Keeping London at the forefront of global business
working with and for the whole UK
Mind the gap: the future of mass transit systems
23 July 2020
As coronavirus-related government restrictions ease, social distancing requirements pose enormous challenges for the operators of mass transit systems, many of whom have also seen a huge drop in farebox revenue. Given the critical importance of public transport in cities, AECOM’s Veronica Siranosian and Joe Seymour say proactive action is needed to support its long-term resiliency.
Transit agencies across the world are facing unprecedented challenges due to coronavirus. Operators must schedule for new and uncertain travel demand while winning back riders and getting them to where they need to go, safely. That’s no easy task given that most mass transit systems were designed in direct opposition to the tenets of social distancing. Typically, transit operators’ mandates are to increase ridership by moving people as efficiently and compactly as possible. This challenge is coupled with the related issue of the financial sustainability of those transit agencies given the drastic falls in ridership due to the economic shutdown and health concerns.
The role of mass transit
The stakes are high, economically, socially and environmentally. Historically, the development of cities has been intertwined with the development of their mass transit systems. For dense urban centers to recover, they will need public transport systems to be sustained and kept healthy. There are important equity considerations too: without public transportation, many will be simply shut out of opportunities. The societal and equity costs of inaction are too high.
As transit agencies develop plans to shape a safe return, there are several important considerations:
Understanding and responding to passenger needs is critical. Traditional approaches to service planning using travel demand models do not accurately depict riders’ needs during this unpredictable time. Near-real time data can be leveraged and combined with scenario planning tools such as AECOM’s Mobiliticsthat allow transit operators to make faster and better-informed decisions on where service is needed most, while respecting the rights of privacy of individuals.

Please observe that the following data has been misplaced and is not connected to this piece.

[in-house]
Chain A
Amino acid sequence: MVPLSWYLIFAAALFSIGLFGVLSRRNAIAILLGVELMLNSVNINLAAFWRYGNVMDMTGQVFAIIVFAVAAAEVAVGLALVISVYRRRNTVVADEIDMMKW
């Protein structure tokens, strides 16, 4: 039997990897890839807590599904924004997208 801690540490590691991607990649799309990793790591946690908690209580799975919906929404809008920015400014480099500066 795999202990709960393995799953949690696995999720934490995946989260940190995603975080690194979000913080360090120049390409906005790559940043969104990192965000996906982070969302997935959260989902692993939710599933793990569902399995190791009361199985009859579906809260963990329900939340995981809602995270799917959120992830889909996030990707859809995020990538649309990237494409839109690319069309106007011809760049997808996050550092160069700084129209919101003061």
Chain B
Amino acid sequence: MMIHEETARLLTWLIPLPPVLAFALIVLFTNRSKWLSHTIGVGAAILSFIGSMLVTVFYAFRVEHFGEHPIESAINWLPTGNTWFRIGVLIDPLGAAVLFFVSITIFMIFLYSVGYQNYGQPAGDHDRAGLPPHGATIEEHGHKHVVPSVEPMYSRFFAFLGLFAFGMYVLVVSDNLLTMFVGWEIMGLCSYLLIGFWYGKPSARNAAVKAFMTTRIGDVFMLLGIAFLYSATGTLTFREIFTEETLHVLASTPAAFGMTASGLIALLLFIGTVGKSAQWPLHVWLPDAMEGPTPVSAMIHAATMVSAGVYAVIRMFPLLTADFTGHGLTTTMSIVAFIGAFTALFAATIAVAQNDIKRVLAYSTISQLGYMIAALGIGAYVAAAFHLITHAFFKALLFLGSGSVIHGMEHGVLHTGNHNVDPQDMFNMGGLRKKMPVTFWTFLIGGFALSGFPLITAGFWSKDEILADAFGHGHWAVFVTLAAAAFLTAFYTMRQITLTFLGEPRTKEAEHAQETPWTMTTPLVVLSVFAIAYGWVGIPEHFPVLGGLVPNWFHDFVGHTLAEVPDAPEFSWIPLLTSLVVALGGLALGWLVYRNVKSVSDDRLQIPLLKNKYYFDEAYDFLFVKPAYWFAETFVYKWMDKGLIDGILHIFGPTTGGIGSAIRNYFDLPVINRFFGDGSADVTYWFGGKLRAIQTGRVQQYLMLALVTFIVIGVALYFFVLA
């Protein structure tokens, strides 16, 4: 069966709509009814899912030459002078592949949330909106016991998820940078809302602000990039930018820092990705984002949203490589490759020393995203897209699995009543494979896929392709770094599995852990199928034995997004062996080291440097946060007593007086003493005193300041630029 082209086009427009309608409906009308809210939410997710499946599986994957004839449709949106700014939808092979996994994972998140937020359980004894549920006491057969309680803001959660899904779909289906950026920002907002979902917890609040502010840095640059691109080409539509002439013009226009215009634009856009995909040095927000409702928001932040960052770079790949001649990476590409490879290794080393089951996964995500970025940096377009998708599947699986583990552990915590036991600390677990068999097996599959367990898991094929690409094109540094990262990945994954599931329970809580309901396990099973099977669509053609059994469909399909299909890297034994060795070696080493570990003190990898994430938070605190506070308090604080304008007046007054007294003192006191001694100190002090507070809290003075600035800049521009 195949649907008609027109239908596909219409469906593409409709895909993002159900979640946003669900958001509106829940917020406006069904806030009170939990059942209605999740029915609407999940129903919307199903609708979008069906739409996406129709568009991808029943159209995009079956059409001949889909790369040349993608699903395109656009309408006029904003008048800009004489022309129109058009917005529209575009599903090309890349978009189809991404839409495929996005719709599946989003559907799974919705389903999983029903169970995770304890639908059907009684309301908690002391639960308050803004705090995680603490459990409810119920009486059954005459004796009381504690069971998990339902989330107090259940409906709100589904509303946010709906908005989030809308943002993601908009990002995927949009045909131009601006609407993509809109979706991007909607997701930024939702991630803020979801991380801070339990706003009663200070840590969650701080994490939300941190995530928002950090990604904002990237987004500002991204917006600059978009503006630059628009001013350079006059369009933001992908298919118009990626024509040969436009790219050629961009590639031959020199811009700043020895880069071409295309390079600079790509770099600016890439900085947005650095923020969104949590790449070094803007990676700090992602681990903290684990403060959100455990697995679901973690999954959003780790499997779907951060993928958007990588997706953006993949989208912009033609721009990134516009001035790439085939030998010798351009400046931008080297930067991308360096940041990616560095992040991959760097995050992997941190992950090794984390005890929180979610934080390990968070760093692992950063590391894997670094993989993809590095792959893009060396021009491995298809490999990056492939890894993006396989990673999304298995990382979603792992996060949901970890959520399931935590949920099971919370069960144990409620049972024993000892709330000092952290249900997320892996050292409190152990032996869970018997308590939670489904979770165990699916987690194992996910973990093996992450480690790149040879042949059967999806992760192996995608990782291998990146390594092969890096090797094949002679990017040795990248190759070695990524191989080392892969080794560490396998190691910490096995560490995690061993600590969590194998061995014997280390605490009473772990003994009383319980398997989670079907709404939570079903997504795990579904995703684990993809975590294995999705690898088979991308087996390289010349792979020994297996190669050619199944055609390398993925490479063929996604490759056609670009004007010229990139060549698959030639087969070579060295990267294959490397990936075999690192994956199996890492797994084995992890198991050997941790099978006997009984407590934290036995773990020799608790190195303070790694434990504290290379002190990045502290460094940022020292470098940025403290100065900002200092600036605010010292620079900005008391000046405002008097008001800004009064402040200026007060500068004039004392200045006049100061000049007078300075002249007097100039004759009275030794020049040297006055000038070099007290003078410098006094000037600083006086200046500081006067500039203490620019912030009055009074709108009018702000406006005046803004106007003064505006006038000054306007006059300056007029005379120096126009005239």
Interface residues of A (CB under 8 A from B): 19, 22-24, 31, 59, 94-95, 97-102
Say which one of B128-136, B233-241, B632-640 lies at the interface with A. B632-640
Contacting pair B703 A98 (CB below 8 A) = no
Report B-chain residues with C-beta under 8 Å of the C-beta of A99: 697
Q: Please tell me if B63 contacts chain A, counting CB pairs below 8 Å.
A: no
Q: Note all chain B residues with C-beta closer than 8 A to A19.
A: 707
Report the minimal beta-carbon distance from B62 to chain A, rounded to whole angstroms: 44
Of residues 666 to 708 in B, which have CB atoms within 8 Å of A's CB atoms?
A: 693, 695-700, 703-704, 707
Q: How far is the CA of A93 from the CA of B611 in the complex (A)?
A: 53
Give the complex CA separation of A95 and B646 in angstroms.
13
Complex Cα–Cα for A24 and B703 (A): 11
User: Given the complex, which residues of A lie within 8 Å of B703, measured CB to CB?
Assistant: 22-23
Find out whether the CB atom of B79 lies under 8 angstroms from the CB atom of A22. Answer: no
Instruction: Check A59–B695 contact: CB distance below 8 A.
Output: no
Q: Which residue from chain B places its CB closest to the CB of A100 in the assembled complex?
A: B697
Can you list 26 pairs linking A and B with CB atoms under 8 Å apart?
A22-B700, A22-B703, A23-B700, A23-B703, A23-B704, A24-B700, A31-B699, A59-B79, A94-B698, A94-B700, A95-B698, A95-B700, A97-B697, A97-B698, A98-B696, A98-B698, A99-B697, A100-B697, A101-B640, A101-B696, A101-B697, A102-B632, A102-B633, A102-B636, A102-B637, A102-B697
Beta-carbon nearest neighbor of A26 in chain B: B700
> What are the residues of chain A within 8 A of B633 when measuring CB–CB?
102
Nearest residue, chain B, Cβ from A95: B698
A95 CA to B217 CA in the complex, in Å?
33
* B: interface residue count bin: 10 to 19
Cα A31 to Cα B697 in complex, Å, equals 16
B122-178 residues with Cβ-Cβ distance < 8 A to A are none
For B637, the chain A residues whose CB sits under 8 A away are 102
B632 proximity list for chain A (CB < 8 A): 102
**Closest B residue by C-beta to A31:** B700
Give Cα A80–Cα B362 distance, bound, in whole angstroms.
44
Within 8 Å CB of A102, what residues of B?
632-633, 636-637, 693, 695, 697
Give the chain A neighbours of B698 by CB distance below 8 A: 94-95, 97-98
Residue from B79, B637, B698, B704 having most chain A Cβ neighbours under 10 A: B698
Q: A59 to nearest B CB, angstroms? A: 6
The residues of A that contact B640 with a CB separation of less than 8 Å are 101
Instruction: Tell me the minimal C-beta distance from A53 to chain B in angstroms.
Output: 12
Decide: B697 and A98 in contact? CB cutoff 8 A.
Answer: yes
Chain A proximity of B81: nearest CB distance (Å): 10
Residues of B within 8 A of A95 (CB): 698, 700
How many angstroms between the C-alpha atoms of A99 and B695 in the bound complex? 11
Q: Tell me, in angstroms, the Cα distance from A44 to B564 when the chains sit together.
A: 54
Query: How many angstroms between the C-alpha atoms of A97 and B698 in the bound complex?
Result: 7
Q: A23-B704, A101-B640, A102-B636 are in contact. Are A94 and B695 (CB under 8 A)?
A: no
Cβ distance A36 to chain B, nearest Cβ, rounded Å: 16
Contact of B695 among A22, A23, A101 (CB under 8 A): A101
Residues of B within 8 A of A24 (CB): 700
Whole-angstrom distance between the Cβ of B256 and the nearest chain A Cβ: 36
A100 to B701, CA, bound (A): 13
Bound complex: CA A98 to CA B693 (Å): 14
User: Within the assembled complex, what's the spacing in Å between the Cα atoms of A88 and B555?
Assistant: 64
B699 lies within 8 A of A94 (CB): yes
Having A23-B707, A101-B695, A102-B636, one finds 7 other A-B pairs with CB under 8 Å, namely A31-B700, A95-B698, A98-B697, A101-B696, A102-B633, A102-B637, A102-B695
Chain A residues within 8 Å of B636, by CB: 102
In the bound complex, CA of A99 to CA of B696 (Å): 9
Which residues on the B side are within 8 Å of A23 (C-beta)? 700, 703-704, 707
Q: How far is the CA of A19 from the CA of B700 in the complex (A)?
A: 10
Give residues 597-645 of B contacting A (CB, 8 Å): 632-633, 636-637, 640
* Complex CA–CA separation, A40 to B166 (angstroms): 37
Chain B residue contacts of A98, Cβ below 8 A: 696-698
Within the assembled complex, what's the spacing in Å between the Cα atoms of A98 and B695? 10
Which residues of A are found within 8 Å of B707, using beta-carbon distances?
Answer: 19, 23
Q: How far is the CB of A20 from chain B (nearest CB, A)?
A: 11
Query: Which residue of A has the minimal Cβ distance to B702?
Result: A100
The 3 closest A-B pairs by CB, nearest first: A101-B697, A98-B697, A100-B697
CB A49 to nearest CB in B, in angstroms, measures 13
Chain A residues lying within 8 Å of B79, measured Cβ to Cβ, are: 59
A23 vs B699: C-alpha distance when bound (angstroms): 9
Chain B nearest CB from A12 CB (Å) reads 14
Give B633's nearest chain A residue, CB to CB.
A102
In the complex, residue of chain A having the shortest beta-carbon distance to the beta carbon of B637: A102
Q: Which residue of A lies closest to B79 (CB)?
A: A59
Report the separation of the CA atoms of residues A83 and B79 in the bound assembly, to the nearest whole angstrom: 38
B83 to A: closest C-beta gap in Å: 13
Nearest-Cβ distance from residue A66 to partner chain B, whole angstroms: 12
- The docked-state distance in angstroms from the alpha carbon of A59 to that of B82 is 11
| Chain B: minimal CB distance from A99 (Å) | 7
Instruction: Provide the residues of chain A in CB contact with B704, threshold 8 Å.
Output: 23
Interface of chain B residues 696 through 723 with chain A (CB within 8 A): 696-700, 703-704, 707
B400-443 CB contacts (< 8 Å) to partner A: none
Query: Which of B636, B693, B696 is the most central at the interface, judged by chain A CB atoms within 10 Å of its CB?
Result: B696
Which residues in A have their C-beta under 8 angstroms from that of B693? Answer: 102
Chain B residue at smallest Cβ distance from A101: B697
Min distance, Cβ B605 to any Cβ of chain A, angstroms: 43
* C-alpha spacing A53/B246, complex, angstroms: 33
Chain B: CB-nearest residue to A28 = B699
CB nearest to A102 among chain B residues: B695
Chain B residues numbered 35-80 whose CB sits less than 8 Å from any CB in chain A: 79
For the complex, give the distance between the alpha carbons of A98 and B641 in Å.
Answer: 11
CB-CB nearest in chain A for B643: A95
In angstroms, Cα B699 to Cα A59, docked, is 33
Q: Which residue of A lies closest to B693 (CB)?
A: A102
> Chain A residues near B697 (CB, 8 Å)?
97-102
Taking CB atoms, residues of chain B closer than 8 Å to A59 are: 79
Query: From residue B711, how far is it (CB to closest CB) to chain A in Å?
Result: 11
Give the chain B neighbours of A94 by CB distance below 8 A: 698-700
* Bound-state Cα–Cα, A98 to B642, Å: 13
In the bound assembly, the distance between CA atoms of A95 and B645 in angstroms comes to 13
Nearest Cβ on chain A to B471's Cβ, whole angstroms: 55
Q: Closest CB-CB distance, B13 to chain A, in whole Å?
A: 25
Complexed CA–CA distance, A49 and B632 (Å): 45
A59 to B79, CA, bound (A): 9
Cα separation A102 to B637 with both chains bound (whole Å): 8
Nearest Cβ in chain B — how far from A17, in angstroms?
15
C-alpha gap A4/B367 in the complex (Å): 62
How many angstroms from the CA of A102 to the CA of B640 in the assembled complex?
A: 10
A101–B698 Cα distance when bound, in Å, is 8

Integrated technology solutions. Agencies will have to build upon their existing systems and integrate new solutions to manage safety and a quality experience. Many of the technologies and solutions already exist and can be leveraged, such as automatic passenger counting, cameras, and touchless fare payment systems. However, an integrated and intelligent solution such as AECOM’s Transportation Resilient Integrated Passenger Solution (TRIPS) can make this process easier to manage and safer.
Finally, there is an opportunity to rethink the allocation of space in cities. With fewer vehicles on the streets, Transport for London (TfL) and several other cities across the UK and Ireland have commissioned AECOM to engineer temporary cycle lanes to support flexible and dynamic use of infrastructure to enable social distancing, use of active transportation and reduce pressure on public transit systems. If cities jump on this now, before cars come back, there is an opportunity to both make the way we travel more sustainable and equitable, while simultaneously improving the quality of urban life.
We don’t know what the demands on future mass transit systems will be, but if we act now, we have an opportunity to shape them. Transit authorities should take this opportunity to consider different potential scenarios of what the future could look like in order to inform policies, investments, and services today.
Using scenario planning and near real-time big data to dynamically understand and react quickly to our fast-changing world, new technologies offer the opportunity to enhance transit’s critical role of providing a safe, efficient, sustainable and equitable service. The future health of our cities – economically, socially and environmentally – depends upon it.